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Moon Fishing

Lisel Mueller

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Added by: K. Peters
I absolutely love this poem. It has beautiful voice, and shows its meaning through undertones.

As for how I interpreted it?

I believe that it was people striving for something--anything, whether it be money, social rank, an ostriche--and doing anything they can to get to it. Thus, the moon. But because they are so blinded by their false dreams they don't realize it's a mere reflection.

Cutting their wives' hair might mean hurting or changing your own family, but it doesn't matter, because it will mean acheiving this dream. Fishing with their hearts is losing your soul, losing track of life and losing what's really important. And then, drinking up the pond: This is the point where one is doing all actions they can take to get to this single dream and hope, regardless of the consequences. And then, doing the one thing that will take it out of your grasp forever.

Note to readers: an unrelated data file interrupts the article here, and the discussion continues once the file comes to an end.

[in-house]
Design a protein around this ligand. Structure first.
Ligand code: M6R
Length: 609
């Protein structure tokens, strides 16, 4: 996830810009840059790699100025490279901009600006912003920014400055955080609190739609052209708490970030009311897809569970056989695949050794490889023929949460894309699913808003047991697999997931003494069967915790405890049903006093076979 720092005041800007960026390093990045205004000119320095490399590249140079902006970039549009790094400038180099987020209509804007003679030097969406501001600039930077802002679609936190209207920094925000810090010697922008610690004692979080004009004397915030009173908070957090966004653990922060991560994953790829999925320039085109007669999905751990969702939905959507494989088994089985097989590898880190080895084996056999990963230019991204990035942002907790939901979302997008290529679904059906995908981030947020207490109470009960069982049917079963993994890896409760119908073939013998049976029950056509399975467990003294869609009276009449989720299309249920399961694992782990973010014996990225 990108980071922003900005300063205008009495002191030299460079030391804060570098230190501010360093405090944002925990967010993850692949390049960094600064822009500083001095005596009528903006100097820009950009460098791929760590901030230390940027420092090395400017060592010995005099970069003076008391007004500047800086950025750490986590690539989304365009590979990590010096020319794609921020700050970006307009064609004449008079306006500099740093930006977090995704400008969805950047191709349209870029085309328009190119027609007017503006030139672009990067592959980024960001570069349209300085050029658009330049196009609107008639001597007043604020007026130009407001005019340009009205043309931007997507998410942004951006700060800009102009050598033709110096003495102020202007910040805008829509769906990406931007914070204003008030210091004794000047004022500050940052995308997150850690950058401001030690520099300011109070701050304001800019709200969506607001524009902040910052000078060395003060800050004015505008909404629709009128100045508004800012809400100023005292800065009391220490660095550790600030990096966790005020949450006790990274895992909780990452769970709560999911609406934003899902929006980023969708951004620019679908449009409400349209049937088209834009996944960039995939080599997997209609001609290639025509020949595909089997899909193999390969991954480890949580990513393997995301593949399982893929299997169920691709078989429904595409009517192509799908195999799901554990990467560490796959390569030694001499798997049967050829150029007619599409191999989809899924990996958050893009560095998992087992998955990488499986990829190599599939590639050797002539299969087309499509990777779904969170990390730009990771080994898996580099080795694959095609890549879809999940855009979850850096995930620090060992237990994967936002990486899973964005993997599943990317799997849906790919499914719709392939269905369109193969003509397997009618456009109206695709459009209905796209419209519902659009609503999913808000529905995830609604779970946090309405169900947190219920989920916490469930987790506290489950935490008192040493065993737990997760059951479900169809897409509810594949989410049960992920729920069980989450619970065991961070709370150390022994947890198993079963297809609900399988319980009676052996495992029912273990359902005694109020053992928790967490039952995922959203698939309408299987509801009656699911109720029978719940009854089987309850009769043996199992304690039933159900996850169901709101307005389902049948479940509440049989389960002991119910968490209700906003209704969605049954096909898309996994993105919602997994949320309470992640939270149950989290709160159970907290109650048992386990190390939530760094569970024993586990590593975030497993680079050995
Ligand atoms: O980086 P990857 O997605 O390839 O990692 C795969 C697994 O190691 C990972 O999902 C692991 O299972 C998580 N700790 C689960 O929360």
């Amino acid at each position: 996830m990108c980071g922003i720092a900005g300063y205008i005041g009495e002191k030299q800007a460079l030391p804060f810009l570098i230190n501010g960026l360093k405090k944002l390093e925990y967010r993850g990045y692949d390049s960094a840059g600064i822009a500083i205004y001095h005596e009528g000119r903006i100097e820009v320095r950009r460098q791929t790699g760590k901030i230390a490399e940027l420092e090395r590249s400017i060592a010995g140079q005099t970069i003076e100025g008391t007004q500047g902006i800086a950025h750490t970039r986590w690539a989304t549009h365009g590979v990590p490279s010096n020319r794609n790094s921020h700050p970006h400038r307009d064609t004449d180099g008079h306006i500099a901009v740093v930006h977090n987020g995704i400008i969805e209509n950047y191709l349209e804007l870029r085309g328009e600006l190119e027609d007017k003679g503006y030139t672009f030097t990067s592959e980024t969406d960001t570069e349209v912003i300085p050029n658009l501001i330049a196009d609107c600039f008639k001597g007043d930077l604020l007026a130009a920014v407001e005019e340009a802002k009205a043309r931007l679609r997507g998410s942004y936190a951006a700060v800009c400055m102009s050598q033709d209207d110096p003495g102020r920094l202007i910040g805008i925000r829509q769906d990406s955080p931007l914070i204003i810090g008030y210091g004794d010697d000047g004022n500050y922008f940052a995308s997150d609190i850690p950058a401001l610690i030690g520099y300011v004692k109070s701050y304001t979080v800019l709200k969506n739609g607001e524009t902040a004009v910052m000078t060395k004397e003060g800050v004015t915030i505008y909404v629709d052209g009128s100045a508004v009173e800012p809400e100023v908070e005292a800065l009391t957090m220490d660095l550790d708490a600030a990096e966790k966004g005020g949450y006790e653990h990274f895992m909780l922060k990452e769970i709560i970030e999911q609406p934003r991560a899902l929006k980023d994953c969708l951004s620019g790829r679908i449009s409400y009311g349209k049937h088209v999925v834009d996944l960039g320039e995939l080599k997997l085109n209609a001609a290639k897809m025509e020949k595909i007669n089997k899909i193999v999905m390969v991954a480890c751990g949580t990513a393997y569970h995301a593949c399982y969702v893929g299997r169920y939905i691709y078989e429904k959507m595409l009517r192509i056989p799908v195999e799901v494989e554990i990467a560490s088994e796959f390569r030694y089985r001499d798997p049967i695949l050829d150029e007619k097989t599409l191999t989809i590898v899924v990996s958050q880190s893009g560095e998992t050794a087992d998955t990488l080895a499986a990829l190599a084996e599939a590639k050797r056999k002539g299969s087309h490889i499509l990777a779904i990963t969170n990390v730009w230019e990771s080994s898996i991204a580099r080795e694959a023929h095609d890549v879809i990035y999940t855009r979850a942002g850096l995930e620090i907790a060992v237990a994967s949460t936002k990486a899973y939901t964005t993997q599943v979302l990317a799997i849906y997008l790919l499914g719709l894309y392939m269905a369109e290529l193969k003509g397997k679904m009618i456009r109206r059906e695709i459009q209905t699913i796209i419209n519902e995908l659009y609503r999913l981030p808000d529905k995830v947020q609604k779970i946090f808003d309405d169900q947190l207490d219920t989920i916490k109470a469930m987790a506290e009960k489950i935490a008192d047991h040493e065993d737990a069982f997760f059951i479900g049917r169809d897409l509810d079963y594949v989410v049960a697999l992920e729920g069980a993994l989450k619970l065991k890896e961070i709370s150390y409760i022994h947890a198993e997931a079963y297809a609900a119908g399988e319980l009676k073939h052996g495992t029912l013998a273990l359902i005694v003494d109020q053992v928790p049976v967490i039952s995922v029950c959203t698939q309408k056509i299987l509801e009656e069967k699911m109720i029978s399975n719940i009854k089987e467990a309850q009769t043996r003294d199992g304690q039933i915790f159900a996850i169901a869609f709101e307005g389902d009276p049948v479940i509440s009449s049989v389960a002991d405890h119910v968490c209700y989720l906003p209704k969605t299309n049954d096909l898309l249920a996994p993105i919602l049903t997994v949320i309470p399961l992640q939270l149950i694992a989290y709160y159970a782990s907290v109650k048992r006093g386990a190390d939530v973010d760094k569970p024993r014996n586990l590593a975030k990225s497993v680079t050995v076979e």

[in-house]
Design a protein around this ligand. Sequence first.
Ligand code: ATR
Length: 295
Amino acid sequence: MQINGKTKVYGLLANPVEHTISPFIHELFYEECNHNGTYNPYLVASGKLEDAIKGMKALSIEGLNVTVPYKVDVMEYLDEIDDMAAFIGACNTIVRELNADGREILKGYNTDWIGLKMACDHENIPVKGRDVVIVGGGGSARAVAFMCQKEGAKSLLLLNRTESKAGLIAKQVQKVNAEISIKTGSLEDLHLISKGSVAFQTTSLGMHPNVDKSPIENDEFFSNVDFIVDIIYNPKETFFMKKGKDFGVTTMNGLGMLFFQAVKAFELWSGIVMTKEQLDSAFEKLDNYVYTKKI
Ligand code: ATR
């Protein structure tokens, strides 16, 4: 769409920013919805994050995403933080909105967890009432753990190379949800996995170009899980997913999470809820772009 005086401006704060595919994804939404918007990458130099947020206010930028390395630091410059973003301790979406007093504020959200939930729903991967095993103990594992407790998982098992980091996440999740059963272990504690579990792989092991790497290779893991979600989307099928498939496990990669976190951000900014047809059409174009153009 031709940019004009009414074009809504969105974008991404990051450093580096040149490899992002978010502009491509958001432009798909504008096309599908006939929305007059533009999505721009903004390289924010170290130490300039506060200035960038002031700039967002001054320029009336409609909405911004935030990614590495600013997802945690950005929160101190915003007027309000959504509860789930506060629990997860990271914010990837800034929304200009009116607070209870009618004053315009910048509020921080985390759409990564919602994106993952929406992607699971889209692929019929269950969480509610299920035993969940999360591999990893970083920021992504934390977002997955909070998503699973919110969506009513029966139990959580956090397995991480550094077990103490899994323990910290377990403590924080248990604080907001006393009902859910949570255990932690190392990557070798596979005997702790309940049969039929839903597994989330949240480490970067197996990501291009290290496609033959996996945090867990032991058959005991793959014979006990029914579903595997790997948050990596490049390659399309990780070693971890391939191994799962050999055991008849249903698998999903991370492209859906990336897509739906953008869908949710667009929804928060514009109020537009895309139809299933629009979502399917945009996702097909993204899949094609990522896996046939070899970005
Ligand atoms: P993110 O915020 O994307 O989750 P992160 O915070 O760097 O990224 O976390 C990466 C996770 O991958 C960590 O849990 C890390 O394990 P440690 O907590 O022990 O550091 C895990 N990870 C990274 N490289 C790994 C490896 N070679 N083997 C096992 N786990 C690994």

This is how I interpreted Moon Fishing. It's a lovely piece, and a favorite of mine.
Added by: Lucretia
I think this is simply about how men don't appreciate their women until they're gone. It's like the fairy tale by Wilhelm Hauff (translated by Robert Browning) called "The Cold Heart" where the man agrees to let the giant have his real heart in exchange for a stone one and unending riches. But with his new stone heart, he is so cruel and unfeeling towards his young bride that she dies.
Added by: O. Mbachu
has nothing to do with mistreating women or the sort. please. read clearer and with less bias. as the first commentator said, its about seeking our dreams at all cost, perhaps ultimately wrongly, and hence gaining nothing!
Added by: L. King
yes, we can all agree it's good work. the author of the third posting needs to come down from on high and understand that we are each entitled to interpret a poem differently.
Added by: O. Mbachu
we ARE entitled to personal interpretations, sure, but there is such a thing as 'author's intentions.' and there is a realm to interpretations-- for example, a poem about rice should not be interpreted as a poem about dragons. such discrepancy only whittles the art.

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